Benjamin Cheever's Strides: Running Through History with an Unlikely Athlete will turn out to be one of the enduring classics of the sport, placed on any serious runner's bookshelf right beside Jim Fixx's Complete Book of Running and John L. Parker's Once a Runner. Although Strides is, in part, a memoir -- a lyrical and funny meditation on how a sport has transformed one individual's life -- it is also an entertaining and exhaustively researched history of the human being as a running animal. Starting when our remotest ancestors evolved the ability to run long distances in order to hunt for meat, Cheever's history takes us to Pheidippides' first marathon in 490 BC, to foot-races in Renaissance Italy and early America, even to a seemingly impossible 19th-century supermarathon from Constantinople to Calcutta. The sweep of Cheever's book is not only historical but also geographical: starting with his own comically self-effacing recollection of his first jogs in suburban New York, Cheever's account of his metamorphosis as an "unlikely athlete" includes his first marathon in Boston, his runs with soldiers in Germany and in war-ravaged Baghdad, and finally his runs in Kenya - the "University of Champions"-- where he hobnobbed with the likes of Kip Keino, Paul Tergat and Lornah Kiplegat. But this is a book that wears its glories easily -- leisurely enough to observe the odd historical detail, undogmatic in its informed discussion of health issues, generous in it democratic celebration of the sport, and always taking time for the many people met along the way.
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Format: Hardcover
This is a book that runners and nonrunners who like narrative nonfiction will enjoy. It explores various facets of the experience of running from historical, physiological, and personal perspectives. It covers a variety of topics including the author's transition from his bottom-of-the pack attempt to be a high school athlete to his transforming into a dedicated runner as he approached his thirties. Some of the topics I most appreciated were the debate over the healthiness of running, the Kenyan community, the role of running in the Army, and the author's experience serving as a volunteer in the New York marathon. I did not care for the chapter about the marathon in Medoc, France which offended my sensibilities about what runners should strive to be. Nonetheless, the coverage is justified by showing another aspect of the running experience. Most of the material is set around the marathon distance although other distance running is covered. The book is very well written and thoughtfully organized. The author is fairly humble about his running abilities but is actually very good at it. It is good that he applied his writing talents to a book that covers an important part of his life.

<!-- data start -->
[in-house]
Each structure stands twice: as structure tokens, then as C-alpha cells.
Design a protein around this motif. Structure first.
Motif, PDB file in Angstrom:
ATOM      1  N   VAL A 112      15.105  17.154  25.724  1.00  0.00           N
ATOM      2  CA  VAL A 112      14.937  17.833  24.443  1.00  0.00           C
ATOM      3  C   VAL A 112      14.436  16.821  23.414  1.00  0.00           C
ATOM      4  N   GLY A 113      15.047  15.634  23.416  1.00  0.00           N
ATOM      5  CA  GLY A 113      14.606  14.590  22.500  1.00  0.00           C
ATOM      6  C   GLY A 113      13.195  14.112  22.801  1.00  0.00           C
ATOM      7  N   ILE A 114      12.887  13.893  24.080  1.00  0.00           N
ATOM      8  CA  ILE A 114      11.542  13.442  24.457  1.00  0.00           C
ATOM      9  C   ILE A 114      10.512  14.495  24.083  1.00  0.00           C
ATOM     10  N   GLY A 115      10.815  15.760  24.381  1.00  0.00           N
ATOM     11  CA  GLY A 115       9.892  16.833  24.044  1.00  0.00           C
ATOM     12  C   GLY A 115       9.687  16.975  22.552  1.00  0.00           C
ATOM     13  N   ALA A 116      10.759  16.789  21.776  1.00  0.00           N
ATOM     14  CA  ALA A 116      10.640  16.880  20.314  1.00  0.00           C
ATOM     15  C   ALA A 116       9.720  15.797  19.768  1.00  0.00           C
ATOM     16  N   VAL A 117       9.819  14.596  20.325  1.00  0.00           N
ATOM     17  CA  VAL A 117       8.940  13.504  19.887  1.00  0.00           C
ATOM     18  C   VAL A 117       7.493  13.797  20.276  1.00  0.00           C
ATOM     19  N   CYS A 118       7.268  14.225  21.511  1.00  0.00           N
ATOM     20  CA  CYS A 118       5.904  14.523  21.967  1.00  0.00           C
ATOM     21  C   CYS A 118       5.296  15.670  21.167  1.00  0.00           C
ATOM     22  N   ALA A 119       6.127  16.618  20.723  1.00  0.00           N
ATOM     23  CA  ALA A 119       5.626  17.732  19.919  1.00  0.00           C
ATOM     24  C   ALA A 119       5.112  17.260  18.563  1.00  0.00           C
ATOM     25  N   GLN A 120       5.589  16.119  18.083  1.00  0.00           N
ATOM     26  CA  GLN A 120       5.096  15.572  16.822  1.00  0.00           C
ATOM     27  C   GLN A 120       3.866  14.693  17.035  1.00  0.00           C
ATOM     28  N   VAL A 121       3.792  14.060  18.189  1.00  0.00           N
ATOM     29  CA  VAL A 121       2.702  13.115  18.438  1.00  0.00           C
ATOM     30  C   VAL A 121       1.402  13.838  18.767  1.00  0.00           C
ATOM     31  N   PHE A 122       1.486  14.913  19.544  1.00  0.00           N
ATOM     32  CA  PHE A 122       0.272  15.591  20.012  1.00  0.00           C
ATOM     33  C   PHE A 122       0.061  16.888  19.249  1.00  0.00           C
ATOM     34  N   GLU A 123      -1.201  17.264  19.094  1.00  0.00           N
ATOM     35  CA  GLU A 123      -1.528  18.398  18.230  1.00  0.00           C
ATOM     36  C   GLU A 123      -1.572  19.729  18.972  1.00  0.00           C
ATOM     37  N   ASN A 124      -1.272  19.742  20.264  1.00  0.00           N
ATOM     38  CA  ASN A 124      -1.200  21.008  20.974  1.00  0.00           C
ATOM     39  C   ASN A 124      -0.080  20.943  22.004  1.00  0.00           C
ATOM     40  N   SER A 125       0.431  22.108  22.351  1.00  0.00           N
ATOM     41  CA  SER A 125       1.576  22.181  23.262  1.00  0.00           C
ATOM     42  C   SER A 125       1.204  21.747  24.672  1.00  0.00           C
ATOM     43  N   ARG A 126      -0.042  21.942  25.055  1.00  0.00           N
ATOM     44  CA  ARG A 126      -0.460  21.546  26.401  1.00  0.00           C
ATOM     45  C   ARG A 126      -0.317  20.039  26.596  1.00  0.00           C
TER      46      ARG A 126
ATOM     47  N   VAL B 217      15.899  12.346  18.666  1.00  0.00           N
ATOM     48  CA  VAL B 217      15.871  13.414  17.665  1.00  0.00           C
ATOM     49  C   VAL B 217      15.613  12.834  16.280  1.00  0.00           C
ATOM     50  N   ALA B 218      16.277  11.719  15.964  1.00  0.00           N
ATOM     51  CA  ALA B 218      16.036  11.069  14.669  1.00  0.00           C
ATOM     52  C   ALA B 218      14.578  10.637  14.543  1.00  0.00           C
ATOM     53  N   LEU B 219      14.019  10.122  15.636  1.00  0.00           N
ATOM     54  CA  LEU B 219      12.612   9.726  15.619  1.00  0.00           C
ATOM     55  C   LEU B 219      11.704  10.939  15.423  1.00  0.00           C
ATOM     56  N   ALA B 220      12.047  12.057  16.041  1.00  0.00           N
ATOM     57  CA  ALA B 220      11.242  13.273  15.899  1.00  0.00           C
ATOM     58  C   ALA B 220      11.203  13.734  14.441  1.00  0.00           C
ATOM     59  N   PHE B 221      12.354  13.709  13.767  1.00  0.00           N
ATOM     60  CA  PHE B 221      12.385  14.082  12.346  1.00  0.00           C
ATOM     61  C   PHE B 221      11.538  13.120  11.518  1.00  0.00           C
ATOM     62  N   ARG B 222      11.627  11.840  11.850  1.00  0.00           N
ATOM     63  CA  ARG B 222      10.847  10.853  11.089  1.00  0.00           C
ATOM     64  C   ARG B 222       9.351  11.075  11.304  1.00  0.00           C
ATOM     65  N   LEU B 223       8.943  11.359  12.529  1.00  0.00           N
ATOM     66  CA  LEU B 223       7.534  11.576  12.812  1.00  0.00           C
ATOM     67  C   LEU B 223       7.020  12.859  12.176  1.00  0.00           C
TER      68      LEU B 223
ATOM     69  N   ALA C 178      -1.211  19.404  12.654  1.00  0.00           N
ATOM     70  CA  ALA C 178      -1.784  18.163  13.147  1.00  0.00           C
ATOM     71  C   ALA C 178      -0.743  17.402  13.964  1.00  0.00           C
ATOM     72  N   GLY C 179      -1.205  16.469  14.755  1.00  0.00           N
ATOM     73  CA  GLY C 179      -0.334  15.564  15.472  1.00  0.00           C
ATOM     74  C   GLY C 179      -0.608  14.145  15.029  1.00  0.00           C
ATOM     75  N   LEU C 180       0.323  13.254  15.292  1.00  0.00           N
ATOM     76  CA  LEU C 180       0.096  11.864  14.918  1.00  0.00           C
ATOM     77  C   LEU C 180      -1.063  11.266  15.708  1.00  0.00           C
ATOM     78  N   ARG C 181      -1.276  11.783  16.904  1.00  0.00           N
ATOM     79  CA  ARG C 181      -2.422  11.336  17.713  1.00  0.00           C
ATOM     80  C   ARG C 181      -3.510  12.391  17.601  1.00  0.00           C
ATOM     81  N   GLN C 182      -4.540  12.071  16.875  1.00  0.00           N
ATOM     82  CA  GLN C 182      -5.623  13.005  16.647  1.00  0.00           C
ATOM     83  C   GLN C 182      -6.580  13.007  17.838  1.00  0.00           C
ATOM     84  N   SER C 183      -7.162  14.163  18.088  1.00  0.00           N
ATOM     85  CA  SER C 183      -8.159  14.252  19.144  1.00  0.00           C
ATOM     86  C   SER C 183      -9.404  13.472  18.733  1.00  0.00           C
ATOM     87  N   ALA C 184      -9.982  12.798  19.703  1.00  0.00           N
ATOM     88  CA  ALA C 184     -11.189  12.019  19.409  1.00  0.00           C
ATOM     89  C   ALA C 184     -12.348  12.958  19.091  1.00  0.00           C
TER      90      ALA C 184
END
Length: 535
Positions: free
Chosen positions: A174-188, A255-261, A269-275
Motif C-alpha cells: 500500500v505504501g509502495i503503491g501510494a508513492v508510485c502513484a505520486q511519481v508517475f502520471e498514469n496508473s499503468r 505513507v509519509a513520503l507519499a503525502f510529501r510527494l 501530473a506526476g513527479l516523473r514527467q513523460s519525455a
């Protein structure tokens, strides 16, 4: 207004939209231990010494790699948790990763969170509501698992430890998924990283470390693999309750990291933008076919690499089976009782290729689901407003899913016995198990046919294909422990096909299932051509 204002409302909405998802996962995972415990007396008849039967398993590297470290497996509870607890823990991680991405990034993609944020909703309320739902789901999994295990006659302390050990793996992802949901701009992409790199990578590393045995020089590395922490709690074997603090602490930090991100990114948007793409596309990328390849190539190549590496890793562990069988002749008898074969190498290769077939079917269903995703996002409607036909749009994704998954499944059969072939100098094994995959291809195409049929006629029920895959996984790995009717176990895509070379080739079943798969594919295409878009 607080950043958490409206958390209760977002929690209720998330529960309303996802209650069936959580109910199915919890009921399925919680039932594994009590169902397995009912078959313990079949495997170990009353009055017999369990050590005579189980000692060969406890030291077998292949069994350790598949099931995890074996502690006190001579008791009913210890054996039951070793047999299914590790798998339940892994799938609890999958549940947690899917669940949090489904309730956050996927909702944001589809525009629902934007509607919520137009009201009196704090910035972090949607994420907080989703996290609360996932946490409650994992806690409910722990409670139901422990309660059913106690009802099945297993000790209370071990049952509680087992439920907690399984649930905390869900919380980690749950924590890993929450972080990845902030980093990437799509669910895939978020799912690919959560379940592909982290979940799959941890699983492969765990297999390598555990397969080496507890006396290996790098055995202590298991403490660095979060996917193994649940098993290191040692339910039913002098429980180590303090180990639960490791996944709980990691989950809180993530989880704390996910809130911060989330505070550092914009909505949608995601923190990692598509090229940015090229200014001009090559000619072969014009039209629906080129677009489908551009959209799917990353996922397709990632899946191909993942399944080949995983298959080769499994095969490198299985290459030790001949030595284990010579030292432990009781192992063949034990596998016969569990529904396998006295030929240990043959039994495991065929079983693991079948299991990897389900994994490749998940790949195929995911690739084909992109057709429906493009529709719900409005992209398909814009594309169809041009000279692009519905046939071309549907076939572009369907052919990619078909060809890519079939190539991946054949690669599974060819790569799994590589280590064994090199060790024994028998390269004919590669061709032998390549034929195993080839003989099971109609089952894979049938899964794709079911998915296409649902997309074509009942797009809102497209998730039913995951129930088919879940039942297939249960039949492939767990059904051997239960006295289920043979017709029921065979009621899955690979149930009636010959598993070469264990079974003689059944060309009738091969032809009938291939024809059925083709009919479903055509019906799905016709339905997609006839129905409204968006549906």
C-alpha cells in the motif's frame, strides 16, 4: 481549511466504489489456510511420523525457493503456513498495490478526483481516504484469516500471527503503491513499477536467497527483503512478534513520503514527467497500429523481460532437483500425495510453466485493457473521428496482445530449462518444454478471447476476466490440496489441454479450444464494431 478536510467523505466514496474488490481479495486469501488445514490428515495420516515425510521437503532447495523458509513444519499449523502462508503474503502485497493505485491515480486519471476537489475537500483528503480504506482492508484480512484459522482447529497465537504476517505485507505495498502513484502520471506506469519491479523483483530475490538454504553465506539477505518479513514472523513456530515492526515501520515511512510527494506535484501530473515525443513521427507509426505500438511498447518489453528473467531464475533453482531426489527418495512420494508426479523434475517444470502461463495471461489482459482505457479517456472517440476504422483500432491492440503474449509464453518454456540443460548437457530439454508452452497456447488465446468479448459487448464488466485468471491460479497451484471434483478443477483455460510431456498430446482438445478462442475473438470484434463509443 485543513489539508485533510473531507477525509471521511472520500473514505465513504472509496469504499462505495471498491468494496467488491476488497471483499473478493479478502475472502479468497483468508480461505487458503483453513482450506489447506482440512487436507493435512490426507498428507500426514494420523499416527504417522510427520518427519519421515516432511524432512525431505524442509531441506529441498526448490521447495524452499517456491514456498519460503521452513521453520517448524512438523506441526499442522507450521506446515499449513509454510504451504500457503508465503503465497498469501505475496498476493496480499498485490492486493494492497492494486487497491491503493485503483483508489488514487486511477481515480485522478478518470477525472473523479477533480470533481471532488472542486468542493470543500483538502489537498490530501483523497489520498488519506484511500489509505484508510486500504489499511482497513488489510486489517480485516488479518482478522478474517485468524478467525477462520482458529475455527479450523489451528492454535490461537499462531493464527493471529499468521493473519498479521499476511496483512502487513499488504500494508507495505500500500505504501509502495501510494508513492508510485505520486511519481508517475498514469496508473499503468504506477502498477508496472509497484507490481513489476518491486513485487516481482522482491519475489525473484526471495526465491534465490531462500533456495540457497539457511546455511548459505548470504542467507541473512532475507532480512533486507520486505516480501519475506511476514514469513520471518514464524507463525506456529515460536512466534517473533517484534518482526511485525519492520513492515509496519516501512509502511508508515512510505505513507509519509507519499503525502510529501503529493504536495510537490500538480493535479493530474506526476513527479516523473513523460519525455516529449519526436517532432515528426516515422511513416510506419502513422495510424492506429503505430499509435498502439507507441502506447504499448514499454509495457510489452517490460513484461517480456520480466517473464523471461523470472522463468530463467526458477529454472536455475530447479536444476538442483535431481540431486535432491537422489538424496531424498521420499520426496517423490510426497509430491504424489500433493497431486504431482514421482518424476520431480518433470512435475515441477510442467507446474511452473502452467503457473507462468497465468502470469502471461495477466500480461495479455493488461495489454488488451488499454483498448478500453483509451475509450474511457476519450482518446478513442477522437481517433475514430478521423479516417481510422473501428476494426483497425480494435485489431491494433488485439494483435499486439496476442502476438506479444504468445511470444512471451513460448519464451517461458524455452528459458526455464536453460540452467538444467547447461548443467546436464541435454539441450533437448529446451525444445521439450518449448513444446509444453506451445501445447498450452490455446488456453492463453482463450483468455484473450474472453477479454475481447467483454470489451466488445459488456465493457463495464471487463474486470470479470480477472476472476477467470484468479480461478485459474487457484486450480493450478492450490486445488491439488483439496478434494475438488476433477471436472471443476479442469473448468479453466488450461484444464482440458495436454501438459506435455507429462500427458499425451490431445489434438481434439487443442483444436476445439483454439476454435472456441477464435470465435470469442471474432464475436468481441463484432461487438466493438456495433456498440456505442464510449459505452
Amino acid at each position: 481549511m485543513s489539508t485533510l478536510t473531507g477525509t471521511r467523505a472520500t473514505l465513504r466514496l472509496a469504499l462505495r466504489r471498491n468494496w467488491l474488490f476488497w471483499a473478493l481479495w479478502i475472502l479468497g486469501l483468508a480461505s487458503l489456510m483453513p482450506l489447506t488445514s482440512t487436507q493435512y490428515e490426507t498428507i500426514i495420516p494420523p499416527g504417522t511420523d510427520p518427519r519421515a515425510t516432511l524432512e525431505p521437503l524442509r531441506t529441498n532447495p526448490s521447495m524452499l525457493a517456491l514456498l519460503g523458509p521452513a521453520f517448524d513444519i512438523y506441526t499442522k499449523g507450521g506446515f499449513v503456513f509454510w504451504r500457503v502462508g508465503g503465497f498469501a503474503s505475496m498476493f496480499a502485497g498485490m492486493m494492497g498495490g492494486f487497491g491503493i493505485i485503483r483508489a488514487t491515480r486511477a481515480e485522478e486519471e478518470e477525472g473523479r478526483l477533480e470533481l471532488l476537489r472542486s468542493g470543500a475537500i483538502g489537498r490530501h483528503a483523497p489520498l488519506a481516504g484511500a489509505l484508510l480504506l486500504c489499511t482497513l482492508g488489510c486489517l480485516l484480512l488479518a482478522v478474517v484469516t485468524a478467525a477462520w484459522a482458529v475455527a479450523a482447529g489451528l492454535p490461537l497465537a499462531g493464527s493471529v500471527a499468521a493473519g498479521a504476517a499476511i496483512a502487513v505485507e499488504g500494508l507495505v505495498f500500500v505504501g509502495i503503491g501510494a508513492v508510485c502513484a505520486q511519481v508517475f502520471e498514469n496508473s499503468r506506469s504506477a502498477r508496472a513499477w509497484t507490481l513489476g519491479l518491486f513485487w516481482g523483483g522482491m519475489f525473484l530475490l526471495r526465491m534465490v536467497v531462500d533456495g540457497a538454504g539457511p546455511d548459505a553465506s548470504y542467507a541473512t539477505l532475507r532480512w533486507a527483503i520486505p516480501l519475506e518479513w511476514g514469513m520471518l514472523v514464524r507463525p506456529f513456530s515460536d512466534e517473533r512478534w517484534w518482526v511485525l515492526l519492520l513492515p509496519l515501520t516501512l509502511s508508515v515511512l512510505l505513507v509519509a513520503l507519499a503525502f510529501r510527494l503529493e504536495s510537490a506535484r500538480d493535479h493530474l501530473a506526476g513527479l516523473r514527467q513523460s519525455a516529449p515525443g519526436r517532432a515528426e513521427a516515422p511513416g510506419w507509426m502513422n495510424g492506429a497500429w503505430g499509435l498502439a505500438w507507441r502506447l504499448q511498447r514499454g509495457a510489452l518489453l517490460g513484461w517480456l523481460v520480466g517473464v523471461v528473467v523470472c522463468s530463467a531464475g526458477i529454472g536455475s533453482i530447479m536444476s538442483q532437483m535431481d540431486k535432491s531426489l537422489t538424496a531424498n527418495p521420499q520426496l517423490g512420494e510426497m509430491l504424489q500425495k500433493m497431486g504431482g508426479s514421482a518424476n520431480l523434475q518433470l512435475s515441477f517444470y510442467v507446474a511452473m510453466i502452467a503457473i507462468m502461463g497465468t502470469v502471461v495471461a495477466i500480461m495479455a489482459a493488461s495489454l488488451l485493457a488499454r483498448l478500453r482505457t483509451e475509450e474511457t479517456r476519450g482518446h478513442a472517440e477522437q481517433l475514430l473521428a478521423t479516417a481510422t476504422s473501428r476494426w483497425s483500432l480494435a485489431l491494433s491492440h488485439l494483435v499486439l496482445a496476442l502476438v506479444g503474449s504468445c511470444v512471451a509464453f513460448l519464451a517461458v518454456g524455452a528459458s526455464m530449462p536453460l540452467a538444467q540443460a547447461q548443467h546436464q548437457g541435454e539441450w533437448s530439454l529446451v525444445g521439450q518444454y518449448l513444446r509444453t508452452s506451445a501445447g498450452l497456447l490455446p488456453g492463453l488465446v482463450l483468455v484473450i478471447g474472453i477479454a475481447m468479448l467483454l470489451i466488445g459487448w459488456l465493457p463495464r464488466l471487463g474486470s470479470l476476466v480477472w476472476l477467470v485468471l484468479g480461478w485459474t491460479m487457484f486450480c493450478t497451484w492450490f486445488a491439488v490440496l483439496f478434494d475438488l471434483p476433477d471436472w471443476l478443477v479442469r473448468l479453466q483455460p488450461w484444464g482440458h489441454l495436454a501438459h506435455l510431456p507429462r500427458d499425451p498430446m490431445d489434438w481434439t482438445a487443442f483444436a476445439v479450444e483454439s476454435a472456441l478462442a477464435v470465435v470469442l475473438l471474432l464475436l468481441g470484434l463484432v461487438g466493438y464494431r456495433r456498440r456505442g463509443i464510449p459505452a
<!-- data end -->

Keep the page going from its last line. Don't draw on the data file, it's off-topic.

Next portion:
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Format: Hardcover Verified Purchase
Meh. Cheever spends as much time writing about his own running issues than exploring the history of running. Now granted, some of his stories are great, but I wanted a history book, not a memoir. Despite his writing background, I didn't find it very well written or entertaining.